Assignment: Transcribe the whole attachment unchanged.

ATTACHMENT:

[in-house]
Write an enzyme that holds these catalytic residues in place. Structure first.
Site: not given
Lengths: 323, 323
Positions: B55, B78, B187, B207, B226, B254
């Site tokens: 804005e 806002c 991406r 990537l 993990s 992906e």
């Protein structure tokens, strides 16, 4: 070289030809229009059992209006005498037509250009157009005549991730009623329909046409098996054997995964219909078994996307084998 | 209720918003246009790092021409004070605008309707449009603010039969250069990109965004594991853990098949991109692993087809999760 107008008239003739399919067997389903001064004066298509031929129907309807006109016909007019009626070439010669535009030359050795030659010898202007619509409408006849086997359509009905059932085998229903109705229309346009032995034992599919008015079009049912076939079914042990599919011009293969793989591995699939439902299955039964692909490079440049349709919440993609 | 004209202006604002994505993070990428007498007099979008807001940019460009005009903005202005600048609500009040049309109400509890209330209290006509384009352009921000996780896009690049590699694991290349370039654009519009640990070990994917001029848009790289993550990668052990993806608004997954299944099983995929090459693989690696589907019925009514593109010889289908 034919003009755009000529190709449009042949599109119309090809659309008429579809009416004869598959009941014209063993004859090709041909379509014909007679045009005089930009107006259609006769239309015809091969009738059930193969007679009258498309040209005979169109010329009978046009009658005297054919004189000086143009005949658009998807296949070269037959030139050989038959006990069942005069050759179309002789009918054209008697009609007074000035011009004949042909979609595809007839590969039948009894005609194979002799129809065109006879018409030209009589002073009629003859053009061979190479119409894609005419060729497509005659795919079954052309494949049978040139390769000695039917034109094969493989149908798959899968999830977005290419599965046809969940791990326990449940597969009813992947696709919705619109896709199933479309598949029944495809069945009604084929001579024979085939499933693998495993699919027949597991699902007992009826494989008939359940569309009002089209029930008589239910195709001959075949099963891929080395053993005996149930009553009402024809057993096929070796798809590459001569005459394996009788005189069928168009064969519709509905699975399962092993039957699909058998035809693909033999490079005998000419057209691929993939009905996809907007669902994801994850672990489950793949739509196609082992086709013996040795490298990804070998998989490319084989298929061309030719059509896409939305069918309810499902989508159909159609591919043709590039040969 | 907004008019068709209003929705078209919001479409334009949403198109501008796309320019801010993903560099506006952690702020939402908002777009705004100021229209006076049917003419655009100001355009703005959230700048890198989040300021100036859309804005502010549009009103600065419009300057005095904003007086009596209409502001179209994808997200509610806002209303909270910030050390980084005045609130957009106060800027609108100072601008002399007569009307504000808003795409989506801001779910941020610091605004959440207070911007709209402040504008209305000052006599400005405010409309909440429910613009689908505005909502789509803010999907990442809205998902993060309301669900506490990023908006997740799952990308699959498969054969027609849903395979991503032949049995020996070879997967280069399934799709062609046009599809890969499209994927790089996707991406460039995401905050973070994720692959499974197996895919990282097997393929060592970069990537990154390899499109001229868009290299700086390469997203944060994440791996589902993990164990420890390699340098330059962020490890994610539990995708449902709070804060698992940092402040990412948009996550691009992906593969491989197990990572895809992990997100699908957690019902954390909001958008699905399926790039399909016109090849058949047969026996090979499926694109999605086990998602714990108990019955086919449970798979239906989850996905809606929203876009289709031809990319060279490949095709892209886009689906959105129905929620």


[in-house]
Write an enzyme that holds these catalytic residues in place. Structure first.
Site: not given
Lengths: 323, 323
Positions: B55, B78, B187, B207, B226, B254
């Site tokens: 804005e 806002c 991406r 990537l 993990s 992906e």
């Protein structure tokens, strides 16, 4: 070289030809229009059992209006005498037509250009157009005549991730009623329909046409098996054997995964219909078994996307084998 | 209720918003246009790092021409004070605008309707449009603010039969250069990109965004594991853990098949991109692993087809999760 107008008239003739399919067997389903001064004066298509031929129907309807006109016909007019009626070439010669535009030359050795030659010898202007619509409408006849086997359509009905059932085998229903109705229309346009032995034992599919008015079009049912076939079914042990599919011009293969793989591995699939439902299955039964692909490079440049349709919440993609 | 004209202006604002994505993070990428007498007099979008807001940019460009005009903005202005600048609500009040049309109400509890209330209290006509384009352009921000996780896009690049590699694991290349370039654009519009640990070990994917001029848009790289993550990668052990993806608004997954299944099983995929090459693989690696589907019925009514593109010889289908 034919003009755009000529190709449009042949599109119309090809659309008429579809009416004869598959009941014209063993004859090709041909379509014909007679045009005089930009107006259609006769239309015809091969009738059930193969007679009258498309040209005979169109010329009978046009009658005297054919004189000086143009005949658009998807296949070269037959030139050989038959006990069942005069050759179309002789009918054209008697009609007074000035011009004949042909979609595809007839590969039948009894005609194979002799129809065109006879018409030209009589002073009629003859053009061979190479119409894609005419060729497509005659795919079954052309494949049978040139390769000695039917034109094969493989149908798959899968999830977005290419599965046809969940791990326990449940597969009813992947696709919705619109896709199933479309598949029944495809069945009604084929001579024979085939499933693998495993699919027949597991699902007992009826494989008939359940569309009002089209029930008589239910195709001959075949099963891929080395053993005996149930009553009402024809057993096929070796798809590459001569005459394996009788005189069928168009064969519709509905699975399962092993039957699909058998035809693909033999490079005998000419057209691929993939009905996809907007669902994801994850672990489950793949739509196609082992086709013996040795490298990804070998998989490319084989298929061309030719059509896409939305069918309810499902989508159909159609591919043709590039040969 | 907004008019068709209003929705078209919001479409334009949403198109501008796309320019801010993903560099506006952690702020939402908002777009705004100021229209006076049917003419655009100001355009703005959230700048890198989040300021100036859309804005502010549009009103600065419009300057005095904003007086009596209409502001179209994808997200509610806002209303909270910030050390980084005045609130957009106060800027609108100072601008002399007569009307504000808003795409989506801001779910941020610091605004959440207070911007709209402040504008209305000052006599400005405010409309909440429910613009689908505005909502789509803010999907990442809205998902993060309301669900506490990023908006997740799952990308699959498969054969027609849903395979991503032949049995020996070879997967280069399934799709062609046009599809890969499209994927790089996707991406460039995401905050973070994720692959499974197996895919990282097997393929060592970069990537990154390899499109001229868009290299700086390469997203944060994440791996589902993990164990420890390699340098330059962020490890994610539990995708449902709070804060698992940092402040990412948009996550691009992906593969491989197990990572895809992990997100699908957690019902954390909001958008699905399926790039399909016109090849058949047969026996090979499926694109999605086990998602714990108990019955086919449970798979239906989850996905809606929203876009289709031809990319060279490949095709892209886009689906959105129905929620």